Drought expanded over the United States in the week that ended July 16, 2013, although much-needed rains brought improvements to some of the hardest-hit areas, according to the U.S. Drought Monitor map and narrative released today.
“Drought is on the move again,” said Brad Rippey, a meteorologist in the U.S. Department of Agriculture’s Office of the Chief Economist. For the 48 contiguous states, “U.S. drought coverage increased 1.28 percent in the last week to 46.13 percent. This represents the greatest U.S. drought coverage since May 14. However, coverage is still down 14.96 percentage points since the beginning of 2013 and down 19.32 points from the record high of 65.45 percent on September 25, 2012.” These statistics include areas in moderate (D1) or worse drought.
Rippey also noted that “in the last five weeks, worsening drought—mainly in the Far West and Intermountain West—has led to a nearly six-point increase in the national coverage of severe to exceptional drought (D2 to D4) coverage—from 28.44 to 34.28 percent.”
The area in severe drought this week is an increase from last week’s 33.61 percent, but the area in extreme drought or worse decreased to 13.34 percent from 13.84 percent a week earlier, according to statistics released with the map.
Monsoon rains brought short-term relief to some of the worst areas, slightly easing the intensity of drought in New Mexico, Arizona and Colorado. This week’s U.S. Drought Monitor author, Richard Heim, noted that in extreme southeast Arizona, “heavy rains this week gave Douglas an all-time monthly precipitation record for any month of 7.85 inches of rain so far this July.”
Arkansas showed rapid deterioration, with 46.98 percent of the state in moderate drought now, an increase from 18.22 percent a week earlier, and 7.04 percent in severe drought, where there was none a week earlier. Drought expanded slightly in Kansas and also intensified in western Nebraska. South Dakota had a net expansion of drought.
Farther west, in Idaho, Montana, Oregon, Nevada and California, drought expanded and intensified. Most of the changes were small, but Idaho had a jump in severe drought, to 43.09 percent of the state from 17.51 percent a week earlier.
Texas had a small increase in the total area in moderate drought or worse, to 94.38 percent, but decreases in the other categories of drought. Oklahoma likewise had an expansion of the total area in moderate drought or worse, to 59.05 percent of the state, but with reductions in intensity.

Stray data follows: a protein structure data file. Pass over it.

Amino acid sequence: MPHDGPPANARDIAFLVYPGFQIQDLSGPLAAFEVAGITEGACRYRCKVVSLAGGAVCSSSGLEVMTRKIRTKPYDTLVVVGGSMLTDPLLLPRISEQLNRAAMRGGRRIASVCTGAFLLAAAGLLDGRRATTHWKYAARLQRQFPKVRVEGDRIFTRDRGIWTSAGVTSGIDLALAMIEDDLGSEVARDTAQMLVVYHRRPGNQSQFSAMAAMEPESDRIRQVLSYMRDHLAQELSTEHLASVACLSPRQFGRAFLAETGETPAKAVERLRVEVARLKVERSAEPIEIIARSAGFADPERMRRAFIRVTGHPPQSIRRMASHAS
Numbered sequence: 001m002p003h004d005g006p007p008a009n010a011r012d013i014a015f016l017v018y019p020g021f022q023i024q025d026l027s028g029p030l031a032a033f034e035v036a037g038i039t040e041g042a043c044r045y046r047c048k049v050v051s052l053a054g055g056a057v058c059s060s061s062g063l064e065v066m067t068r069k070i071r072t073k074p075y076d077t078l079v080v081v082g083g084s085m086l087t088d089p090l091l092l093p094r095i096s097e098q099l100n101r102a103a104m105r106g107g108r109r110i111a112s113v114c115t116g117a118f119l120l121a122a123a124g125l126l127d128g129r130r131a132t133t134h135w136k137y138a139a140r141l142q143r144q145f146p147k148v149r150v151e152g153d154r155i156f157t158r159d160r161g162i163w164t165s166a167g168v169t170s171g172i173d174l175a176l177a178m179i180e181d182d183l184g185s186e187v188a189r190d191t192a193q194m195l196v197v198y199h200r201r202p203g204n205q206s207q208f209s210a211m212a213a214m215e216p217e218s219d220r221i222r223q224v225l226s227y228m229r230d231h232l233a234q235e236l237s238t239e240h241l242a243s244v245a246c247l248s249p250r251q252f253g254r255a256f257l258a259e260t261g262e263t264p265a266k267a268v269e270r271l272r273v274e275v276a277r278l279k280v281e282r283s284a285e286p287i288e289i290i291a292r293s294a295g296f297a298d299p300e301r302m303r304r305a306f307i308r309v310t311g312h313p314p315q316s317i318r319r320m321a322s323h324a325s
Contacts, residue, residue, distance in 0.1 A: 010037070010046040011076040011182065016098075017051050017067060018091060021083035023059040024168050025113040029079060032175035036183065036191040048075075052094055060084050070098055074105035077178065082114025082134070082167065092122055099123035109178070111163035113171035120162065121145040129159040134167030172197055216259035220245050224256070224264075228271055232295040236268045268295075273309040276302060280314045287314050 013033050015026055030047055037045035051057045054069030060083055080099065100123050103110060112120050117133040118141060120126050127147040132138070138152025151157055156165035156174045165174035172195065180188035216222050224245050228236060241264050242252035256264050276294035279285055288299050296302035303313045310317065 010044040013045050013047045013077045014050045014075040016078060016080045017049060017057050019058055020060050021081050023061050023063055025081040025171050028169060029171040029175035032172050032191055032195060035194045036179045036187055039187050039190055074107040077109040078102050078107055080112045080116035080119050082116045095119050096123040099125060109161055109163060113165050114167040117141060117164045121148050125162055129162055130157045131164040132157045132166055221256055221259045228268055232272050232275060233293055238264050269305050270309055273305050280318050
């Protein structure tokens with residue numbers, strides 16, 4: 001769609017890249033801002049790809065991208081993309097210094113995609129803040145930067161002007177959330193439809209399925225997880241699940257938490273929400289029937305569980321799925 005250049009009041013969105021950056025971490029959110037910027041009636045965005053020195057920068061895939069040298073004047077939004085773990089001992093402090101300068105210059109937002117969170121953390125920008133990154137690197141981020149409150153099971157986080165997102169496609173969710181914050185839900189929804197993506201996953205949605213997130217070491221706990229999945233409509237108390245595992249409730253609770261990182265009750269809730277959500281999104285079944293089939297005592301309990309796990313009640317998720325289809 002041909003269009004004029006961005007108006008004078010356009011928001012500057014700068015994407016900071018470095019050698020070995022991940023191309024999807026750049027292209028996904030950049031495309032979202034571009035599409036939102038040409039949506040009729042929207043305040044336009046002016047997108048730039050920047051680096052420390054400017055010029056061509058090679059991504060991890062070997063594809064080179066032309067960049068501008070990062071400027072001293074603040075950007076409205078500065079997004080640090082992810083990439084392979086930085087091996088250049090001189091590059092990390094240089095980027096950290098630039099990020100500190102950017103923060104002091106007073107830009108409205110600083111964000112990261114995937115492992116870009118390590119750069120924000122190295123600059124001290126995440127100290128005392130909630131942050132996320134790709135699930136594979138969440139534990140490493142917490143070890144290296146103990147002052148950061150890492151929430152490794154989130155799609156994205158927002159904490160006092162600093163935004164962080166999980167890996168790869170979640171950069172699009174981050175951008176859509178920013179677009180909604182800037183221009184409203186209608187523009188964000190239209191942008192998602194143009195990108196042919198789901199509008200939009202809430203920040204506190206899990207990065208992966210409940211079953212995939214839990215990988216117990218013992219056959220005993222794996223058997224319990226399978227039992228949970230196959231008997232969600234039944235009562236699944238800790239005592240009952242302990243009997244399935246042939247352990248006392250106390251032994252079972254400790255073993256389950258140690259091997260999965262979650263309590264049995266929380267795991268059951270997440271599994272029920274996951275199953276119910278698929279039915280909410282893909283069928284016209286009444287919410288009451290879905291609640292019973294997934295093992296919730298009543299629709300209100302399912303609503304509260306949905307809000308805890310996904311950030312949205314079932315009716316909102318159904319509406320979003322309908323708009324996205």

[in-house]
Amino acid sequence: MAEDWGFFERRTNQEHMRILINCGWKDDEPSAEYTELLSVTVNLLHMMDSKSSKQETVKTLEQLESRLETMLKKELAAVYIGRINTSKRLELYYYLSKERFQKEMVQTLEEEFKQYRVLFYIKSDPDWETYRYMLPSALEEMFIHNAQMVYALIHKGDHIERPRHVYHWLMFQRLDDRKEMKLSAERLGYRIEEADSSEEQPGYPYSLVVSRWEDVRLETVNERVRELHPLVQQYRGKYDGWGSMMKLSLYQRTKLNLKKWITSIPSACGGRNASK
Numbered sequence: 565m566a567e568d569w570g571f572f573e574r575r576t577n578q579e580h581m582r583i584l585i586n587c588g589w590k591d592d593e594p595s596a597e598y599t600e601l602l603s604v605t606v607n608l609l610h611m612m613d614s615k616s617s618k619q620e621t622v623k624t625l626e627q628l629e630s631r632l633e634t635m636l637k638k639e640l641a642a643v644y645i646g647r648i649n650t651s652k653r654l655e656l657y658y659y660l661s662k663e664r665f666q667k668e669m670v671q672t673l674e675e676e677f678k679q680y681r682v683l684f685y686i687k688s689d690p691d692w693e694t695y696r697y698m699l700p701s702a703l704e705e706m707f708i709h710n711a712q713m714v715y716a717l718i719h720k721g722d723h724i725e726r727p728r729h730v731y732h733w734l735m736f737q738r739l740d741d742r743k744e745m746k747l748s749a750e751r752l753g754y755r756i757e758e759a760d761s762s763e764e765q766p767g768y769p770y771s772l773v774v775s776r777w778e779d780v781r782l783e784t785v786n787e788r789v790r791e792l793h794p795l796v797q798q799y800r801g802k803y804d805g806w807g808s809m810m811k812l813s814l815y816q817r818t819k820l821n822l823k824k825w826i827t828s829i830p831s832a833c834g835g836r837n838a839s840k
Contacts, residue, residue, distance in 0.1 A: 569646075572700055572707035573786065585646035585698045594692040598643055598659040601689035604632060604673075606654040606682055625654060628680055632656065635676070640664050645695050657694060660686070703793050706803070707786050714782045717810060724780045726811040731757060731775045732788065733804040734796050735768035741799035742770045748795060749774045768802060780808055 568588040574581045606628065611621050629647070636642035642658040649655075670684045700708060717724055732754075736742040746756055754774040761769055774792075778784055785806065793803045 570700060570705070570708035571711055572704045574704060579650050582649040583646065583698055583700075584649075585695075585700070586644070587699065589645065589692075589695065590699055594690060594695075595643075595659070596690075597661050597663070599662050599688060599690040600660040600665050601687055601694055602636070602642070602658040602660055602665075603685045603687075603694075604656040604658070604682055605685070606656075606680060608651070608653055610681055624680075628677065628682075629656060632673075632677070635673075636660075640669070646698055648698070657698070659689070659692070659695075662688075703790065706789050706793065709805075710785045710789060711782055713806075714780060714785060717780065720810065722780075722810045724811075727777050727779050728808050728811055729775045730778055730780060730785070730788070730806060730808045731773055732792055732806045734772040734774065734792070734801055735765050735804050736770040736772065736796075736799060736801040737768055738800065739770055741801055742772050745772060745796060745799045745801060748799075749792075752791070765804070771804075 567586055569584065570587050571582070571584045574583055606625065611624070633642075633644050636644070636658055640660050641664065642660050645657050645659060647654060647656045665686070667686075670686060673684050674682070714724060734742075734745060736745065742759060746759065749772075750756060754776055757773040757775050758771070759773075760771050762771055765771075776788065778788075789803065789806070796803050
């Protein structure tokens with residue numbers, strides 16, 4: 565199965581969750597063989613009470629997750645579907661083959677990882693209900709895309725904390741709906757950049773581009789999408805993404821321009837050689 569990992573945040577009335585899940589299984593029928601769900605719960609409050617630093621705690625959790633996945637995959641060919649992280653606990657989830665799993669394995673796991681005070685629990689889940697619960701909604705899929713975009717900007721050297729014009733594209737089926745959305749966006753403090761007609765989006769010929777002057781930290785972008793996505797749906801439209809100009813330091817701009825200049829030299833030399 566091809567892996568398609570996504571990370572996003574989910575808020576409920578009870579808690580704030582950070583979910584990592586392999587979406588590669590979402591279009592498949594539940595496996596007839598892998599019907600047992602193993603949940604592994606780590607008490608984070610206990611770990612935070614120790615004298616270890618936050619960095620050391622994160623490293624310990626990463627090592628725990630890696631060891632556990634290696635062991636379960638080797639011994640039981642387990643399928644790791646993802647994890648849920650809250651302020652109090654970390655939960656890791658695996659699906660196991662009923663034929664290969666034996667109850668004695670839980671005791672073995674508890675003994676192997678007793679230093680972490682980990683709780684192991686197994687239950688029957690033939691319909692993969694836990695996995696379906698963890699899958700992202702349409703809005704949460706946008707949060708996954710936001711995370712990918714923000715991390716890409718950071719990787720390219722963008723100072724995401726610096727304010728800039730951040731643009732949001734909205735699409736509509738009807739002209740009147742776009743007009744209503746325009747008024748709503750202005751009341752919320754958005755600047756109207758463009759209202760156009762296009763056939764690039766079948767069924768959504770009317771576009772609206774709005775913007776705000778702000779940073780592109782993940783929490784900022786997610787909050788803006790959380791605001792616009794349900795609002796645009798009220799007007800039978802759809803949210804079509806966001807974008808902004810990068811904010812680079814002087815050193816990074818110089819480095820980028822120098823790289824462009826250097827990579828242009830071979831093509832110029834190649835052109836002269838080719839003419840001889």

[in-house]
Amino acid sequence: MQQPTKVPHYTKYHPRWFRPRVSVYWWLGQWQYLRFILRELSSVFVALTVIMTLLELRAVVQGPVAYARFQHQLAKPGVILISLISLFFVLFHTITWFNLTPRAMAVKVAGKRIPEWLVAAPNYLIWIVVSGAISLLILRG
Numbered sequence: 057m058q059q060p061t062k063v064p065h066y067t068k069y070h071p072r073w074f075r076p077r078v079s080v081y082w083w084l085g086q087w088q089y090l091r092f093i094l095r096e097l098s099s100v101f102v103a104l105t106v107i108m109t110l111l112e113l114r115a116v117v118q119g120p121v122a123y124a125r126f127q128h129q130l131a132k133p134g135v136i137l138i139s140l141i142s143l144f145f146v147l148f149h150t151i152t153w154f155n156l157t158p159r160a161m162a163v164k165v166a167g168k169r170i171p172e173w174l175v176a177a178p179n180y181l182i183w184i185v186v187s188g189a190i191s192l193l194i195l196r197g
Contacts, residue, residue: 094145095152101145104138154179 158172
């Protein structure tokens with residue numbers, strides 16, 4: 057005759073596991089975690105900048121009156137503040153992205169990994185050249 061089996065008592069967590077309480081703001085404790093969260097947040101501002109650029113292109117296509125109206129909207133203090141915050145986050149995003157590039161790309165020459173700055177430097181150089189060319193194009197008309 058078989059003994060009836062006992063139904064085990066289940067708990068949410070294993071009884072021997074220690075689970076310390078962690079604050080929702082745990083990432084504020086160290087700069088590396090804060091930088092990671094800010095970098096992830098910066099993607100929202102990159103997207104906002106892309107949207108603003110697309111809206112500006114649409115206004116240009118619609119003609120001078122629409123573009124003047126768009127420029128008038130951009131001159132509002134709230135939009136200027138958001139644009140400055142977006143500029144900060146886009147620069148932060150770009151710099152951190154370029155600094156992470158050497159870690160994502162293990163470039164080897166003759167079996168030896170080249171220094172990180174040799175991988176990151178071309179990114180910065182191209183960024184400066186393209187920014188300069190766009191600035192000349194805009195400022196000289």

The U.S. Department of Agriculture tracks the effects of drought on various crops week by week. “Hay in drought (35 percent) and cattle in drought (48 percent) increased for the second consecutive week,” Rippey said. “Winter wheat, two-thirds harvested by July 14, was unchanged, with 48 percent of the production area in drought. Corn in drought remained unchanged at 17 percent for the fourth consecutive week, while soybeans in drought crept up to 9 percent, following three weeks at 8 percent.”
U.S. Drought Monitor authors synthesize many drought indicators into a single map that identifies areas of the country that are abnormally dry (D0), in moderate drought (D1), in severe drought (D2), extreme drought (D3) and exceptional drought (D4). The map is released each Thursday based on data through the previous Tuesday morning.
The U.S. Drought Monitor map is jointly produced by the National Drought Mitigation Center at the University of Nebraska-Lincoln, the National Oceanic and Atmospheric Administration, the U.S. Department of Agriculture, and about 350 drought observers across the country. Heim is with NOAA’s National Climatic Data Center.
Statistics for the percent area in each category of drought are automatically added to the U.S. Drought Monitor website each week for the entire country and Puerto Rico, for the 48 contiguous states, for each climate region, and for individual states. U.S. Drought Monitor data online goes back to January 2000.
U.S. Drought Monitor map, statistics and narrative summary: http://droughtmonitor.unl.edu
Drought Impact Reporter: http://droughtreporter.unl.edu
USDA’s weekly “Agriculture in Drought” analysis:
National Climatic Data Center’s State of the Climate Drought Summary: http://www.ncdc.noaa.gov/sotc/drought/
U.S. Monthly Drought Outlook:
U.S. Seasonal Drought Outlook:
-- Kelly Helm Smith, National Drought Mitigation Center